An earlier version of this editorial incorrectly referred to Senate Majority Leader Harry M. Reid as House majority leader.
Climate change bill shouldn't fall victim to immigration reform
IS THE Senate climate bill doomed? It certainly took a hit Saturday, when Sen. Lindsey O. Graham (R-S.C.), hitherto the bill's lone Republican backer, threatened to abandon the effort. Mr. Graham, who had worked with Sens. John F. Kerry (D-Mass.) and Joseph I. Lieberman (I-Conn.) for months on the bill, derided Democratic leaders for opening the way to take up immigration reform before the climate bill, calling the move "a cynical political ploy" and claiming that it endangered the climate effort. He has a point.
Painstaking negotiations on the substance of a compromise climate bill are nearly complete. Mr. Graham, Mr. Kerry and Mr. Lieberman have gone to extraordinary lengths to attract a coalition of supporters, including environmental groups, electric utilities, businesses, the Christian Coalition and even oil companies. Fence-sitting senators concerned about the bill's effects on manufacturing and American competitiveness seem to be coming around to the idea of pricing carbon. This emerging coalition, backers claim, is still behind the bill.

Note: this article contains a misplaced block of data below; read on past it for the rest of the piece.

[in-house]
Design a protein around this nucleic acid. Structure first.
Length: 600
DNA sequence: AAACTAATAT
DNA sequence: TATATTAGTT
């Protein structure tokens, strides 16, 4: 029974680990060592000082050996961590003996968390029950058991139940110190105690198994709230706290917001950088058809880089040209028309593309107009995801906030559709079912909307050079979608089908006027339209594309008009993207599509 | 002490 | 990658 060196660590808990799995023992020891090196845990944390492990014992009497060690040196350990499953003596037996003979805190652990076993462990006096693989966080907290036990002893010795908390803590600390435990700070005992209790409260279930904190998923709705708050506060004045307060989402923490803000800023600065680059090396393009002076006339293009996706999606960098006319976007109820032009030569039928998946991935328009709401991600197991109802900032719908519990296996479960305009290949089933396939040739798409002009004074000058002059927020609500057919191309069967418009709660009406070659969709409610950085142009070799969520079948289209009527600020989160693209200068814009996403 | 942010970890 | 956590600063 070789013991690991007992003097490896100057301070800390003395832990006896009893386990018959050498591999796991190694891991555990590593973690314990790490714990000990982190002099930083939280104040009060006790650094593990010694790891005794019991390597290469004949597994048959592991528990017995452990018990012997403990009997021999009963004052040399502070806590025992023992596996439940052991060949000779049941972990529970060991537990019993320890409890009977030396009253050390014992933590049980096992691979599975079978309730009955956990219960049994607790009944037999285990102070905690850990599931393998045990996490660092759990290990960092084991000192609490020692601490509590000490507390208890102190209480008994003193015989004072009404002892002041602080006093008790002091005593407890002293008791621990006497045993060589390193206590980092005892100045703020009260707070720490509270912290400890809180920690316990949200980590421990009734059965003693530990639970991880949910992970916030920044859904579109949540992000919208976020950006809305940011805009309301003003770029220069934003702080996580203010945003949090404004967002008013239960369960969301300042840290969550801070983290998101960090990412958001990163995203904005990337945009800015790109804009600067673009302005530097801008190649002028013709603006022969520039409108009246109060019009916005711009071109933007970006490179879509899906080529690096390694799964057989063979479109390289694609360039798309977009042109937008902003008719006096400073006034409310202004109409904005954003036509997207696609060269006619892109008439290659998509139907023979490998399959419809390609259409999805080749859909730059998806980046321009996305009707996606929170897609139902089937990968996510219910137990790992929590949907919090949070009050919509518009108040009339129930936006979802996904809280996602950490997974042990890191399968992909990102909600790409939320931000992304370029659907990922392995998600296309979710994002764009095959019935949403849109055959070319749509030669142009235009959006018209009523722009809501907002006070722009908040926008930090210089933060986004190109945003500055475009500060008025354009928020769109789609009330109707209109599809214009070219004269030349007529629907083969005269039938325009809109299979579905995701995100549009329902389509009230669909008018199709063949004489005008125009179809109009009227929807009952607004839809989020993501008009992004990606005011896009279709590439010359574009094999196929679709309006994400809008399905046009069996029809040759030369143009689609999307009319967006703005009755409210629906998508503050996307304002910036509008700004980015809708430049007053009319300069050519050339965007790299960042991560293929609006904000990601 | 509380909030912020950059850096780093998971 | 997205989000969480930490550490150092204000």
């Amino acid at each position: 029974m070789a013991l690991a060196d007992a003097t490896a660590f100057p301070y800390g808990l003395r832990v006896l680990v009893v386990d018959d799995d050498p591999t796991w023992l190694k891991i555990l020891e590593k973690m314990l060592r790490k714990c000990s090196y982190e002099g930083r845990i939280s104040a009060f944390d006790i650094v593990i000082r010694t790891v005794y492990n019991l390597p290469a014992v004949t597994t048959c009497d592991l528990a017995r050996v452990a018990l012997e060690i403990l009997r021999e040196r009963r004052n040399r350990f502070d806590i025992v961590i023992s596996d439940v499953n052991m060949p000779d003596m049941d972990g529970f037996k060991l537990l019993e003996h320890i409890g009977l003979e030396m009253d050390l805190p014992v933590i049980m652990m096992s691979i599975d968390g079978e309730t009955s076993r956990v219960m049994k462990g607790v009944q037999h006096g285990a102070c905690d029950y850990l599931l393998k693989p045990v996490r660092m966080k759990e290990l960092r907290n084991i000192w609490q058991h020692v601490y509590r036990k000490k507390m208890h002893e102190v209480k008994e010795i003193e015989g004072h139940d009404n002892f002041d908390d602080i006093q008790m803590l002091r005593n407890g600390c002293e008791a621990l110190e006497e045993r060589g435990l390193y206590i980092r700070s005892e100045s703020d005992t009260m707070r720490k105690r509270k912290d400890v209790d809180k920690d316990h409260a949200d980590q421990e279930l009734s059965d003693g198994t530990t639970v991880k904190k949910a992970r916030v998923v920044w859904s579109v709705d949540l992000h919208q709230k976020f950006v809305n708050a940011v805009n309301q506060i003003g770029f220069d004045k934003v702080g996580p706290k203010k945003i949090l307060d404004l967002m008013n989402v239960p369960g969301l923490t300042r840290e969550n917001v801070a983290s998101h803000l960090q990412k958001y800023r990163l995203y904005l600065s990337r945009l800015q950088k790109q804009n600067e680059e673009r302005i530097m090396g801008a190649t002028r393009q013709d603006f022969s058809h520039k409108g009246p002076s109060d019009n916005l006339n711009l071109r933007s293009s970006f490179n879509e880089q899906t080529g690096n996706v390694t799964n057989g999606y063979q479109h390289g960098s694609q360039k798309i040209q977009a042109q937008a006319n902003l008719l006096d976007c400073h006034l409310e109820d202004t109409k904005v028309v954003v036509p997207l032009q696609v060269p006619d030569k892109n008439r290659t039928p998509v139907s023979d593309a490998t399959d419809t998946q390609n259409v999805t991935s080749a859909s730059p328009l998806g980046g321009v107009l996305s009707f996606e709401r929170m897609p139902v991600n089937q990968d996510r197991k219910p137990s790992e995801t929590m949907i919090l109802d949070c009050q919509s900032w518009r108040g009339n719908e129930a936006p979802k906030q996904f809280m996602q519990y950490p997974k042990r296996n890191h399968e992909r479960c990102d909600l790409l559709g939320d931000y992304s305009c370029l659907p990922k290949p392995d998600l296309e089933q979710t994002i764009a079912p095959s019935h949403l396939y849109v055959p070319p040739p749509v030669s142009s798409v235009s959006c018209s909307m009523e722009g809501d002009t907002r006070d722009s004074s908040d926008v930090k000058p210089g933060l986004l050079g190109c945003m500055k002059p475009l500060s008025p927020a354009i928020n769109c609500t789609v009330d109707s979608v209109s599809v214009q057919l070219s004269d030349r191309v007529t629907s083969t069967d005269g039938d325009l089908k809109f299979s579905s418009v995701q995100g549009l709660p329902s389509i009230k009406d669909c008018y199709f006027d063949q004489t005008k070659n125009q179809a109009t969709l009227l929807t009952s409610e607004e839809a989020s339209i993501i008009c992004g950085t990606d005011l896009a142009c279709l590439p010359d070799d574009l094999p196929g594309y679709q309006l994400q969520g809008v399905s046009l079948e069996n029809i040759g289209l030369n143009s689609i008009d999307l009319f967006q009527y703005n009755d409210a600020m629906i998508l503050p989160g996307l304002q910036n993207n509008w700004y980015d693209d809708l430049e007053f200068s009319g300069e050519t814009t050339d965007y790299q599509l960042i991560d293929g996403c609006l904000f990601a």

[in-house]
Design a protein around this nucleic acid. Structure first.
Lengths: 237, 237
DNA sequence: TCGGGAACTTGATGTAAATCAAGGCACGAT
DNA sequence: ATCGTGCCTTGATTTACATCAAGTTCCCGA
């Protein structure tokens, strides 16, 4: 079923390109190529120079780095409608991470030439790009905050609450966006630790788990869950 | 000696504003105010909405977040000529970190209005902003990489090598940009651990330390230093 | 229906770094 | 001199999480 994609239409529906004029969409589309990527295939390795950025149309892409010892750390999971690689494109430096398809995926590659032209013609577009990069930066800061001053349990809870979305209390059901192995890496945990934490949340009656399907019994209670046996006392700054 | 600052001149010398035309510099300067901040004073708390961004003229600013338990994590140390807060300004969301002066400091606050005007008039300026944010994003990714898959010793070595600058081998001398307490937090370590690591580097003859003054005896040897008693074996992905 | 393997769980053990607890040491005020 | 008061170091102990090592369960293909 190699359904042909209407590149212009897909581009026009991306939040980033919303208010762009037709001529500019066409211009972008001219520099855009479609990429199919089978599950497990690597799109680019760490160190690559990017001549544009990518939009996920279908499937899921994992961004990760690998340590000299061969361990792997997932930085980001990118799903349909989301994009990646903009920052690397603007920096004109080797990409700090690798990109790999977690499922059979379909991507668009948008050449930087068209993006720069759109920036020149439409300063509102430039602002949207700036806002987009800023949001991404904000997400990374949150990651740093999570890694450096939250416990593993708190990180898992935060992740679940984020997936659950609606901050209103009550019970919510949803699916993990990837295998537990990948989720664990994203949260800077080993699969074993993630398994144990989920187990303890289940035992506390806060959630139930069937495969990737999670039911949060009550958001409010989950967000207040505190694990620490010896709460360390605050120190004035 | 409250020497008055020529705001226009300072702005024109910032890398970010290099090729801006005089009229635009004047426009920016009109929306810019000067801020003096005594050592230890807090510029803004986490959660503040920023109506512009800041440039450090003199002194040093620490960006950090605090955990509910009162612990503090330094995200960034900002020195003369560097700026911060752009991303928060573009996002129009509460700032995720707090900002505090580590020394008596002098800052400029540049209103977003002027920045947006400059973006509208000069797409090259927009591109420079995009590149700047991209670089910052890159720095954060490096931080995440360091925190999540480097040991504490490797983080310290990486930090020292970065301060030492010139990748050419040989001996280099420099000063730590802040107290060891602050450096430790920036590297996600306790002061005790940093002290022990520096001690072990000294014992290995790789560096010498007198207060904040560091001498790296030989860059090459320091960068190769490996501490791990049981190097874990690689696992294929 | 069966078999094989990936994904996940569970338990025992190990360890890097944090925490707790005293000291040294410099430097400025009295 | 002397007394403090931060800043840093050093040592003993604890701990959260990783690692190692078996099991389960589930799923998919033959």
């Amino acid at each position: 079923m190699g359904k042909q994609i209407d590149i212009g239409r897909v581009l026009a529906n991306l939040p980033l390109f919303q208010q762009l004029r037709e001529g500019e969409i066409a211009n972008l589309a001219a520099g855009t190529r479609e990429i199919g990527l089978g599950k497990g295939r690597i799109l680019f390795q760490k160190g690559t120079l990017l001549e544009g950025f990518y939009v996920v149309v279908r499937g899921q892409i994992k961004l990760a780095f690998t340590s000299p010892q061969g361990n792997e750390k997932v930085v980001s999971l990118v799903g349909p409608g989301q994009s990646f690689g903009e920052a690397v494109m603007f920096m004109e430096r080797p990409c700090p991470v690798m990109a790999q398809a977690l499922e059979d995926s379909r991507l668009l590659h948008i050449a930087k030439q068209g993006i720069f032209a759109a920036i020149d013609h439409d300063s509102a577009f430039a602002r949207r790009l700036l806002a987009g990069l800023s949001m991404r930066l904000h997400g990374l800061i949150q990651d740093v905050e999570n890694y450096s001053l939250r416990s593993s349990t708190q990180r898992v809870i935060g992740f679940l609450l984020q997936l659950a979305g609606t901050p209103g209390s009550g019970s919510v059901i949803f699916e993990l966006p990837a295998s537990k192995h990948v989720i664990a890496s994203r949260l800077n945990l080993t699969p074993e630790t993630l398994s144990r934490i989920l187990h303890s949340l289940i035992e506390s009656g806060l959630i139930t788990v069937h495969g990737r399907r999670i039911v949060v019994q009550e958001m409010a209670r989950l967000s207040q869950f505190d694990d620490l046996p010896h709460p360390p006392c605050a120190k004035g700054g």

In contrast, there is no comparable groundwork that would lead to an immigration bill's passage. But at least some Democrats say they believe the politics of immigration reform are more favorable to them than the politics of climate legislation. Senate Majority Leader Harry M. Reid (D-Nev.) faces a tough reelection battle, where a sizable Hispanic population wants to see him make an effort to achieve reform. We understand the politics, and we support immigration reform. If it's possible to accomplish something this year, great. But Mr. Reid and the White House should not allow immigration to push climate change so far down the calendar that it becomes impossible for the Senate to take up. And all parties -- including Mr. Graham -- should keep in mind that the politics of climate change are likely to be harder next year, when Democratic majorities will probably be slimmer. Defeat or postponement now could fracture the coalition behind the effort.
Politics aside, it's past time that Congress dealt with climate change. Businesses face stifling uncertainty about the shape of inevitable climate legislation. World leaders wonder when America will finally lead on global warming. And every year Congress waits to legislate, adequately curbing emissions will get harder and more expensive. Any comprehensive climate bill will require the support of at least a few Republicans to pass. We hope Mr. Graham and his Democratic partners find a way not to miss this opportunity.